Data shows mixed impact of COVID-19 pandemic on Vancouver businesses

A retail location for rent on Robson Street in Vancouver on October 9, 2020.Rafal Gerszak/The Globe and Mail

The pandemic has had a mixed impact on business openings and closings in Vancouver, with data showing there were fewer retail stores and restaurants than before COVID-19, but more offices had opened l ‘last year.

For one councilwoman, the drop in the number of shops and restaurants is an ominous sign and she fears the worst is yet to come as businesses are hit with even more restrictions in the current wave of Omicron.

“I think it’s going to get worse,” Councilwoman Sarah Kirby-Yung said. “It will be difficult for everyone to continue. There was a real blow this time.

But Mayor Kennedy Stewart sees the numbers very differently — as a testament to Vancouver’s economic resilience compared to other cities like Toronto or Montreal.

“What this tells me is that despite the terrible challenges that businesses have faced, we are almost holding on,” said the mayor, who noted that the number of retail operations had dropped by less than 5%, with 3,355 still in operation for 2021. “I suspect there will be strong growth once restrictions are lifted.”

The number of business licenses issued or pending for Vancouver was 58,651 for 2021, compared to 58,851 in 2020, 62,415 in 2019 and 59,788 in 2018. personal care: Beauty services decreased from 124 to 66; cosmetologists to 210 from 339. Short-term rental licenses fell to about 3,900 in 2021 from 6,200 in 2019, a record year.

But many other categories remained virtually unchanged or increased slightly. Fifty clubs received licenses in 2021, compared to 54 in 2018. The number of hotels remained stable between 115 and 120.

The mayor’s optimism is echoed by players in the commercial lease sector.

“The overall theme is pretty good for Vancouver,” said Martin Moriarty, senior vice president of investments at Marcus & Millichap, which specializes in leasing major Vancouver shopping centers. “I’ve been on world calls and there’s never been the panic here that there was in other cities.”

City centers around the world have been “disaster zones,” he said. But Vancouver did not fit this model.

A Vancouver-area retail report from brokerage Lee & Associates, conducted in the fall of 2021, also issued a bullish note.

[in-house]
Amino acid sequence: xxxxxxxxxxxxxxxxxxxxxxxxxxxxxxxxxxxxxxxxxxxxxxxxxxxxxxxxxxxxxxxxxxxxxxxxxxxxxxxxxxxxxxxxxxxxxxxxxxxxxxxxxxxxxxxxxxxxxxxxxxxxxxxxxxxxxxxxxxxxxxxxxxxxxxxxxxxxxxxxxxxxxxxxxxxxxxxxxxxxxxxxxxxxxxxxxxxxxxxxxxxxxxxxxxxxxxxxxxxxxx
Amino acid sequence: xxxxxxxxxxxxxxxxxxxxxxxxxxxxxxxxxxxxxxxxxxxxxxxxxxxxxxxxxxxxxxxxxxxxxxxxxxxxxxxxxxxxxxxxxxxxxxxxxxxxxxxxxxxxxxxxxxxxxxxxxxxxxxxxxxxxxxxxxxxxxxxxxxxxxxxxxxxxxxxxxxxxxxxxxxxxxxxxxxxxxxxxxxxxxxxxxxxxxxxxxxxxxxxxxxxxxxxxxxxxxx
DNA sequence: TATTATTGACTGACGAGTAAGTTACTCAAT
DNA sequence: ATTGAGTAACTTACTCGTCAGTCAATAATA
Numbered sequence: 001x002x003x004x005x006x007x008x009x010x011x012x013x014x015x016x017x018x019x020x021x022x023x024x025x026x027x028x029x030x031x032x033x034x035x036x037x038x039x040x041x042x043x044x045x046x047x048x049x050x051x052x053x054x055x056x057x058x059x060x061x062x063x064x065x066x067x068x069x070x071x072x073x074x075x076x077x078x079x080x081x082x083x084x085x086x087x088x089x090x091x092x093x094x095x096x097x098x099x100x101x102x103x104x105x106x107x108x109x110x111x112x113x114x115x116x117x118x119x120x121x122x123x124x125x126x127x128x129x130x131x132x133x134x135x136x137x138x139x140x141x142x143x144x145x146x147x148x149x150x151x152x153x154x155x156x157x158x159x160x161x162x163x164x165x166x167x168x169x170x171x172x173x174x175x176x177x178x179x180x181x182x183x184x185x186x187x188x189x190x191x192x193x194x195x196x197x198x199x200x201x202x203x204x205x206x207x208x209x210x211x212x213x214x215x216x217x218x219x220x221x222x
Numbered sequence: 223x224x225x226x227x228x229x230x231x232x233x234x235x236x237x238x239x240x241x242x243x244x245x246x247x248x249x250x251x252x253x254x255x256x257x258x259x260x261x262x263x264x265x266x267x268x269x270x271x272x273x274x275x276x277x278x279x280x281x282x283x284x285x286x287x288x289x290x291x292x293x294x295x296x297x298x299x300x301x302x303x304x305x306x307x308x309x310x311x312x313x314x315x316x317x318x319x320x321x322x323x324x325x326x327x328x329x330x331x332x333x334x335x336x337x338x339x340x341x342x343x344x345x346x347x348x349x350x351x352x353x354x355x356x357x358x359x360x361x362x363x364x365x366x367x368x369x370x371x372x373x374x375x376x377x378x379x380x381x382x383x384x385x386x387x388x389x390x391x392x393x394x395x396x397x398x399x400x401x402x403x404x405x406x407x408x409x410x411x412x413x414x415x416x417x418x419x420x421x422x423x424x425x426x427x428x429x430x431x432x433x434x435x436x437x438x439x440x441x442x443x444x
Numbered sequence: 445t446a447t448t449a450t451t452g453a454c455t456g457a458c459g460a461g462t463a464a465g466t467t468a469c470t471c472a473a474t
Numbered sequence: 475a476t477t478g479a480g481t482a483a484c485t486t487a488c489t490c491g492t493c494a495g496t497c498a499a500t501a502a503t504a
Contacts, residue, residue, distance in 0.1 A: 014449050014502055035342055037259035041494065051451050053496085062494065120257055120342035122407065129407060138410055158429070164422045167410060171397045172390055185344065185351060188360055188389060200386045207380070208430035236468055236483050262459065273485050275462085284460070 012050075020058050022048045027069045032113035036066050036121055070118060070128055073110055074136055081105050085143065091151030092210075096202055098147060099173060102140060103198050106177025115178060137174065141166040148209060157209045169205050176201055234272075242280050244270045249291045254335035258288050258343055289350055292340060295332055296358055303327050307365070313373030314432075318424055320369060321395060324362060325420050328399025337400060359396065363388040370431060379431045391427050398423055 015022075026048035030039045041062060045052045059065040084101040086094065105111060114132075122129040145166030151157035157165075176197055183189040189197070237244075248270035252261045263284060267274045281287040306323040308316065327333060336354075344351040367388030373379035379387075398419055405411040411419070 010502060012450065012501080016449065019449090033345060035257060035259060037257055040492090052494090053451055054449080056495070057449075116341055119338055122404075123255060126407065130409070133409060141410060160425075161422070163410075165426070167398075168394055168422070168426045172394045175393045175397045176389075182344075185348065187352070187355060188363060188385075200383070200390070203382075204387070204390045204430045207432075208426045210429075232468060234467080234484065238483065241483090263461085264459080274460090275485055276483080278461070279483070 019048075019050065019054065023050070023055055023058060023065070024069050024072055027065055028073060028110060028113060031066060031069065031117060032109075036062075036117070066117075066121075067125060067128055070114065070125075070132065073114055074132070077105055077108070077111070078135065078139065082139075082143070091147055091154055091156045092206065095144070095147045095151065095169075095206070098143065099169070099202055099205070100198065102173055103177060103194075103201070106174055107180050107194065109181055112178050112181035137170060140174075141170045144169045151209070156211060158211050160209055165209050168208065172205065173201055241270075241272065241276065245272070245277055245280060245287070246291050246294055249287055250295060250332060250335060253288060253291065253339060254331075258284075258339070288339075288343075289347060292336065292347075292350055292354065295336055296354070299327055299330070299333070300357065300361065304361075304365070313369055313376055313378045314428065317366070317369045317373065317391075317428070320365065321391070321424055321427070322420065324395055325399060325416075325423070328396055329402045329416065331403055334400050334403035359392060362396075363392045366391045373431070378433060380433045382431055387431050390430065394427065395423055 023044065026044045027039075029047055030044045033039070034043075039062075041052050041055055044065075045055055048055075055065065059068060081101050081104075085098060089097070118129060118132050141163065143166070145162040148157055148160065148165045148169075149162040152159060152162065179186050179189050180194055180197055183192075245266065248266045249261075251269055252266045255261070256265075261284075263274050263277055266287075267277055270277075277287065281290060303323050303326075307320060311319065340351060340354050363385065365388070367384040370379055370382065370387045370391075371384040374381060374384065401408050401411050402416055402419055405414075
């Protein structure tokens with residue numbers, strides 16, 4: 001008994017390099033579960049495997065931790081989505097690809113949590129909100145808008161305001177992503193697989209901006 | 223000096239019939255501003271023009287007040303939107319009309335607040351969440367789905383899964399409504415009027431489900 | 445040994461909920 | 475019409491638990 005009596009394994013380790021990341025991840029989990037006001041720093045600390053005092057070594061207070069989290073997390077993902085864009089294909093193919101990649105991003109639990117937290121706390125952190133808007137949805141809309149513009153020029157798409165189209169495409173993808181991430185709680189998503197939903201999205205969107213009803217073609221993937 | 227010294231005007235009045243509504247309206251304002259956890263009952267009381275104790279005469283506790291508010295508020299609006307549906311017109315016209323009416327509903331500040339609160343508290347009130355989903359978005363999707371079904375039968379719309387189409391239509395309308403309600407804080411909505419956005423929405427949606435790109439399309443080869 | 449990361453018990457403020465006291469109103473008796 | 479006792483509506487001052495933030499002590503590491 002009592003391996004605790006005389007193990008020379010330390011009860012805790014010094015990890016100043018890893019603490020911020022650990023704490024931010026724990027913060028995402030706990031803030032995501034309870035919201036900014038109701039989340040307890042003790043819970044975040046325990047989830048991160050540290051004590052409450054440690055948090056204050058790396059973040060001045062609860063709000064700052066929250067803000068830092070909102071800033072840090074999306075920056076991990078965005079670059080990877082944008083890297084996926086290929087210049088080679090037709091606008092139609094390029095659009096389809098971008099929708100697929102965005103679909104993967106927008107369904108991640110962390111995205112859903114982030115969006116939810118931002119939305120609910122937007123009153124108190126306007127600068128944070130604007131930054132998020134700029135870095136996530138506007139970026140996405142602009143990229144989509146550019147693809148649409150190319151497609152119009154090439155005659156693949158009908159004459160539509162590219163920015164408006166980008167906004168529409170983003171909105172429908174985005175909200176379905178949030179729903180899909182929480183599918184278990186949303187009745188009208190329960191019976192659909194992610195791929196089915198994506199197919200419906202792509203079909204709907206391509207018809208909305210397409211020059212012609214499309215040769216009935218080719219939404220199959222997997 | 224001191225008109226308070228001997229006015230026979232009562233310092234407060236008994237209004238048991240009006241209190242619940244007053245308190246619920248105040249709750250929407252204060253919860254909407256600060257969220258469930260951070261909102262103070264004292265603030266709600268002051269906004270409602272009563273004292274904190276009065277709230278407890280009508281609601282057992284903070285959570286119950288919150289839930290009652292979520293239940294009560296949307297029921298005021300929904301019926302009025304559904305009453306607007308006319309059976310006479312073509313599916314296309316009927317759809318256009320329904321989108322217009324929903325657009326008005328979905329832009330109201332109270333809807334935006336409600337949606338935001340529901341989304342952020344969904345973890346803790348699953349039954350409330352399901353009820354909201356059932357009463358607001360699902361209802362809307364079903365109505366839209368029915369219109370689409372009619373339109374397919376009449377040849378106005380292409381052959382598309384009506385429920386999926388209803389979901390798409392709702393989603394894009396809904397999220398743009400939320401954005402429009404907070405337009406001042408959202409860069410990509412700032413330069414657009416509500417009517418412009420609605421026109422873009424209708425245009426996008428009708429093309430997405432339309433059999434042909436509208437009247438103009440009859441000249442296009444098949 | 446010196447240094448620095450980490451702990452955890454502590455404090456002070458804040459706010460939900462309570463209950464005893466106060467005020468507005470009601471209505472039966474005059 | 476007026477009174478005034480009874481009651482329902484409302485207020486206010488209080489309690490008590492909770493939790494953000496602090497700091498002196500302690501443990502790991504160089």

“Since the third quarter of 2020, vacancy has continued to decline and rents have steadily increased,” said the third quarter summary by research coordinator Macyn Scholz.

“Implementing a vaccine passport meant that indoor dining, concerts and events could return, with consumers flocking to these destinations to make up for lost time.”

Many shops and restaurants that closed were quickly occupied by new tenants, he says in the summary.

But the setback caused by the explosion of a new wave of COVID-19 infections, dominated by the Omicron variant, is making small businesses feel more vulnerable than they did before Christmas.

“Our businesses are resilient, but there’s a bit of fear and worry out there,” said Patricia Barnes, executive director of the East Village Business Improvement Association.

“A lot of retailers were saying that in the lead up to Christmas things were going pretty well. But with restaurants, even before there were restrictions, people were canceling reservations.

In the final days of 2021, other long-standing business closures were announced: Bishop’s restaurant in Kitsilano, beloved nerd bar Storm Crow Alehouse on Broadway, Michael’s and Versace on Alberni Street.

Barnes and many others say businesses in Vancouver are just as threatened by other factors as by the pandemic.

She said the eruption of broken glass, vandalism, shoplifting and graffiti that has hit businesses in her East Hastings stretch, as well as several other business clusters elsewhere, is such a significant setback. than anything else.

“It’s a tough environment.

Ms. Kirby-Yung also said the city’s cumbersome permit system has been a major factor in retail and restaurant operations struggling to open or stay in business.

“We are one of the biggest challenges in not enabling our businesses to be agile,” she said.

The number of retail licenses in Vancouver has been slowly but steadily declining for a decade. There were about 11% fewer business licenses issued in 2021 than in 2013. About three percentage points of this decline occurred in the past two pandemic years.

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